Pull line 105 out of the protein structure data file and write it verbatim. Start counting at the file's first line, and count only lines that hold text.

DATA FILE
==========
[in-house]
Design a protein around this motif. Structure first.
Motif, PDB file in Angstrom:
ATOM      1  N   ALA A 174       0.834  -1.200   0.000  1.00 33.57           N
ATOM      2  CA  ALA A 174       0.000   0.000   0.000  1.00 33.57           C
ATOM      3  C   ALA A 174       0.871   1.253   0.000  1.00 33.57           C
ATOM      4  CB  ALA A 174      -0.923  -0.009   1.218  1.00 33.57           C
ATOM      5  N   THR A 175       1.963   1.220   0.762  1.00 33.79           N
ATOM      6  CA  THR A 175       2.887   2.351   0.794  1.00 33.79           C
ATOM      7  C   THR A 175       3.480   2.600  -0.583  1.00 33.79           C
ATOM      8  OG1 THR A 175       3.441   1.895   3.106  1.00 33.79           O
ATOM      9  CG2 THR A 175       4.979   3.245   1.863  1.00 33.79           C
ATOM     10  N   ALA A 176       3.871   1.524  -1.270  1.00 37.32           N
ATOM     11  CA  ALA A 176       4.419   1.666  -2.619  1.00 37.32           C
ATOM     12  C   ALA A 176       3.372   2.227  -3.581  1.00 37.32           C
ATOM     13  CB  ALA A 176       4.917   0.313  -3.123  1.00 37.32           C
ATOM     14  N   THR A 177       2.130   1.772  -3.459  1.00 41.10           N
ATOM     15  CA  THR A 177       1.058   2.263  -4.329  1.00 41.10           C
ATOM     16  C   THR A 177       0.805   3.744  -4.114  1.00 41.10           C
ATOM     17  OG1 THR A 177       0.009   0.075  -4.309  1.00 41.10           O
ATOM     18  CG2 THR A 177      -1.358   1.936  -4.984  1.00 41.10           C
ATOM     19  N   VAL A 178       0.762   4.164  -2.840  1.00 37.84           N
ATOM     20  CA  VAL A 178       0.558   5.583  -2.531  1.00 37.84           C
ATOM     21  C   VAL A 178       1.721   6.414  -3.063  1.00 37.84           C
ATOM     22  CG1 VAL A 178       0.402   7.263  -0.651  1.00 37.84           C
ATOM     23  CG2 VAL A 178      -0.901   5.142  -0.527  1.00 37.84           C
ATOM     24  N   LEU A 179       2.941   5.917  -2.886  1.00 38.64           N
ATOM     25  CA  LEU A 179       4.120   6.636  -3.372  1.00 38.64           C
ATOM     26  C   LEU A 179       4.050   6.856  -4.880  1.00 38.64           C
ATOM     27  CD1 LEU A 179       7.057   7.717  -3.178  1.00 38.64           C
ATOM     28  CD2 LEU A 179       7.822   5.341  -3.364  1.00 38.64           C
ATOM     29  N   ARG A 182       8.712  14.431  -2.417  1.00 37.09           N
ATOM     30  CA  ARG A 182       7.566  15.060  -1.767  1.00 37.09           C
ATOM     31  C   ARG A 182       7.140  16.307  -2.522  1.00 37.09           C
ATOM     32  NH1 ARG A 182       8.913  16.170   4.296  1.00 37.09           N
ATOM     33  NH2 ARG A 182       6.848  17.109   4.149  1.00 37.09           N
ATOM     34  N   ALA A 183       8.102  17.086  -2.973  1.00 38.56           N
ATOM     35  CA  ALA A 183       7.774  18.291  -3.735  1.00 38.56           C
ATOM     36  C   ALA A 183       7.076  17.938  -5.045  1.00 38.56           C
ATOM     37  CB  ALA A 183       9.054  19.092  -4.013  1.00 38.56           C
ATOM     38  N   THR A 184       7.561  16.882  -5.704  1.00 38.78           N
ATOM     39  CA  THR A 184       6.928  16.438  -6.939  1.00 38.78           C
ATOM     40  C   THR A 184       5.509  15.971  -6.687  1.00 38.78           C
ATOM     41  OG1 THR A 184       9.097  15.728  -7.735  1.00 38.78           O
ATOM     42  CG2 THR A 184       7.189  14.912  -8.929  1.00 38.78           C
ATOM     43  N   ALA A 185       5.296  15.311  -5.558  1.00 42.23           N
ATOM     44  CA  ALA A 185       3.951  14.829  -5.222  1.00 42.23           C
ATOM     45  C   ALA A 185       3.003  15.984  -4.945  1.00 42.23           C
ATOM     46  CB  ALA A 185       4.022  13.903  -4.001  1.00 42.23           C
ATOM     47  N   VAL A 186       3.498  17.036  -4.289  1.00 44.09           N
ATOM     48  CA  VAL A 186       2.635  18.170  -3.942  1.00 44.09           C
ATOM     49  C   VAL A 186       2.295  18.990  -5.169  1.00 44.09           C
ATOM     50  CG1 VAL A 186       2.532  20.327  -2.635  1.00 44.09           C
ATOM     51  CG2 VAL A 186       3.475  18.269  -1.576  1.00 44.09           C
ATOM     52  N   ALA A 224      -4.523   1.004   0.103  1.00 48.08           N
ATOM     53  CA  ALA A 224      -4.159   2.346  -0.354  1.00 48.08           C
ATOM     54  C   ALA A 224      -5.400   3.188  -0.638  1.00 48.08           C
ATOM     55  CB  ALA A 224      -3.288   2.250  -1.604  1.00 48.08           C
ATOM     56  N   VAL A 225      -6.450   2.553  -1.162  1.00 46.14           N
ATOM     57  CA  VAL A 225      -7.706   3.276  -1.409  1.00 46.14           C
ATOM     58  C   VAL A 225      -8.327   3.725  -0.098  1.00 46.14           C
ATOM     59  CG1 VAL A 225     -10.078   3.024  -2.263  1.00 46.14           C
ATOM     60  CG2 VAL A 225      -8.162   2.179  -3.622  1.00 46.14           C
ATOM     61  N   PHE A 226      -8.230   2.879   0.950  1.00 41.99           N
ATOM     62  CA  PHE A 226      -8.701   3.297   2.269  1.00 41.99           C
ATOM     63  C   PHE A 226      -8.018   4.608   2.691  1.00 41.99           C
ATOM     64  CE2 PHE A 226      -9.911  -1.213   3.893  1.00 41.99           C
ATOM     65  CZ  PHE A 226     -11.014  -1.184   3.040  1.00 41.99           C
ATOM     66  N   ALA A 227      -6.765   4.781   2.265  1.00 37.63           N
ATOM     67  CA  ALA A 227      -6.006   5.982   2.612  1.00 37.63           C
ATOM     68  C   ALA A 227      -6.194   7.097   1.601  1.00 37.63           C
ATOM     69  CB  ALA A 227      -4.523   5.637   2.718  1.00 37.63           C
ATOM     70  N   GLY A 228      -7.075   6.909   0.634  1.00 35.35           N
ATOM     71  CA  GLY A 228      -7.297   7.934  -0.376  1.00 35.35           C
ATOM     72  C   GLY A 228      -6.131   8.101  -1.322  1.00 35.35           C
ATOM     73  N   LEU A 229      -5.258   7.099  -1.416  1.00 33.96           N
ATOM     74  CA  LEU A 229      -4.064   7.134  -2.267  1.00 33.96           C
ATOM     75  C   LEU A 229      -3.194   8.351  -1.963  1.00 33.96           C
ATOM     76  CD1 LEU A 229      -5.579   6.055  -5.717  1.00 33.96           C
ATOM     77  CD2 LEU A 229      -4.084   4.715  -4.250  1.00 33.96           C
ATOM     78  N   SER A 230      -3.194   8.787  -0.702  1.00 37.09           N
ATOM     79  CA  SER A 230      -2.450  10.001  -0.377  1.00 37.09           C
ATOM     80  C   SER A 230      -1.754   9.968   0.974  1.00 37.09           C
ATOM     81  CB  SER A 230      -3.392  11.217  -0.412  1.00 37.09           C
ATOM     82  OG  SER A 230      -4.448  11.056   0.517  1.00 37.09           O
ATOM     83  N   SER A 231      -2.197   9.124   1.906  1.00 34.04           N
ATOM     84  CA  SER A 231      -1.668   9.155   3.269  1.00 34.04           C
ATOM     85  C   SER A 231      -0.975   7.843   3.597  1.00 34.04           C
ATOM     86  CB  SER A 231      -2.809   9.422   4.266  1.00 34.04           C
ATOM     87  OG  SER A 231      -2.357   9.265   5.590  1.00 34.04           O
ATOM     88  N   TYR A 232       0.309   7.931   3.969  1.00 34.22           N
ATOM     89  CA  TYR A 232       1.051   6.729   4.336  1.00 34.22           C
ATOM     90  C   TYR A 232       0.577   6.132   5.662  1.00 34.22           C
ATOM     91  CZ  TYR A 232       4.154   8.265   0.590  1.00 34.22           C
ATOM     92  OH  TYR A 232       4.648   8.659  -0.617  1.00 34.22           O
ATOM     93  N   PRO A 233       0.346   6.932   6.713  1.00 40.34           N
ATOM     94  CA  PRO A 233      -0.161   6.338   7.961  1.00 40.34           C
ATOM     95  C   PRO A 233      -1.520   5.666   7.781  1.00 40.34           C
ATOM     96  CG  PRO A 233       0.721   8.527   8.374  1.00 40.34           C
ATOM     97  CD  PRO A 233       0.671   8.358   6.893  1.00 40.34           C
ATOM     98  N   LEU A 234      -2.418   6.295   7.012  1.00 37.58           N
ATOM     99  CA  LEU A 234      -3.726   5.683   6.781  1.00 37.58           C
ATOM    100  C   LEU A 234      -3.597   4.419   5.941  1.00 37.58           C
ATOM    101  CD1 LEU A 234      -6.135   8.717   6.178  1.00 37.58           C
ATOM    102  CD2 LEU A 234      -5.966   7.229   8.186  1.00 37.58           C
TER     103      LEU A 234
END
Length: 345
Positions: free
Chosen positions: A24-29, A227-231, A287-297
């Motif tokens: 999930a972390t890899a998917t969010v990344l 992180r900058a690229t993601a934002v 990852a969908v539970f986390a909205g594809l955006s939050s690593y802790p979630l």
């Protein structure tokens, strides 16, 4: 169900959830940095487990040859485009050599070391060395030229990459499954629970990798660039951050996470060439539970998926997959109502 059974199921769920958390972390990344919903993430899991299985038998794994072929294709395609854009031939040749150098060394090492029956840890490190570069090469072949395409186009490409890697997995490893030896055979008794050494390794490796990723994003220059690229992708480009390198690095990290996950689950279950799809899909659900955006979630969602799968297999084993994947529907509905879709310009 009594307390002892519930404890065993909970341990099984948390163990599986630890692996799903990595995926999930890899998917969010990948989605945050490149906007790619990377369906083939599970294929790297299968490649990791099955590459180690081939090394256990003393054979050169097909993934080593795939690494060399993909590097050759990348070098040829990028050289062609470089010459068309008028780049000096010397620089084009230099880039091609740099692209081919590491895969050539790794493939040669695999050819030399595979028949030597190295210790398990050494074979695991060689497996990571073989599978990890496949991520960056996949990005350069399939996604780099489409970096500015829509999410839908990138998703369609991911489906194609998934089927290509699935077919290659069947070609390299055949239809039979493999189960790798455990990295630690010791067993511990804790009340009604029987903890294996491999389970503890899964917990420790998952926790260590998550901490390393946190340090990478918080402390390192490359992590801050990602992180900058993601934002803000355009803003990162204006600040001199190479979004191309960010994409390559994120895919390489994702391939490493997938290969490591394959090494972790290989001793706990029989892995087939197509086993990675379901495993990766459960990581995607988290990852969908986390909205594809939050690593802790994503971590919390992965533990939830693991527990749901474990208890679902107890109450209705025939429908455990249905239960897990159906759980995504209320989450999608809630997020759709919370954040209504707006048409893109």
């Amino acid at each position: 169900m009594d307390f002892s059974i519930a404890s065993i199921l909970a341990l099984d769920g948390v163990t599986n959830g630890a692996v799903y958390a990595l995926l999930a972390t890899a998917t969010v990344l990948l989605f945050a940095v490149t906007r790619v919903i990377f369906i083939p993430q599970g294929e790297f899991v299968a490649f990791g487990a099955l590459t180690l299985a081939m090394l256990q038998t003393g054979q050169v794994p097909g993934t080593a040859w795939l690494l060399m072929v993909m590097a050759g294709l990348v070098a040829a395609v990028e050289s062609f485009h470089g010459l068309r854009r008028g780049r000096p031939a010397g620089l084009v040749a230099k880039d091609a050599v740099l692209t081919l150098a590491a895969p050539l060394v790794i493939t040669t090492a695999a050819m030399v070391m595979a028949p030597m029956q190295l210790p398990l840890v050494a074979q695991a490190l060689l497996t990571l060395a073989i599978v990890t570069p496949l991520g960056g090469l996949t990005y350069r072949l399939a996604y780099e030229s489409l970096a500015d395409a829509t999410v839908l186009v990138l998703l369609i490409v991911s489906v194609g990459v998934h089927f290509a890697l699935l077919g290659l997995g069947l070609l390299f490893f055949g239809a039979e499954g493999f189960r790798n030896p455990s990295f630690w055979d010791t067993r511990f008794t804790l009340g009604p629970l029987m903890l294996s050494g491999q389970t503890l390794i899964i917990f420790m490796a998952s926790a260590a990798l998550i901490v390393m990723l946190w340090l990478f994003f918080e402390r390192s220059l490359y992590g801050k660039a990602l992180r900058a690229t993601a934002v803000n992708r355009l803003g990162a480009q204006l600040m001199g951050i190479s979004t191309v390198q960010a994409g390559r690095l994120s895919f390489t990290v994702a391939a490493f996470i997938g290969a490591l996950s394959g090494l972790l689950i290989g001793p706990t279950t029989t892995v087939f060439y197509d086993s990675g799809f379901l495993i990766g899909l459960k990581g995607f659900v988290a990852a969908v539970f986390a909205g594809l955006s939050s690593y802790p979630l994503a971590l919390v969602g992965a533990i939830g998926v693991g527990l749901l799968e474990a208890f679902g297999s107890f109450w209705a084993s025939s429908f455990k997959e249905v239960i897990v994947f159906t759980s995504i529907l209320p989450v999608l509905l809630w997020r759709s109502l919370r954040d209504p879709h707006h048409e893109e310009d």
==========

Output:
ATOM    102  CD2 LEU A 234      -5.966   7.229   8.186  1.00 37.58           C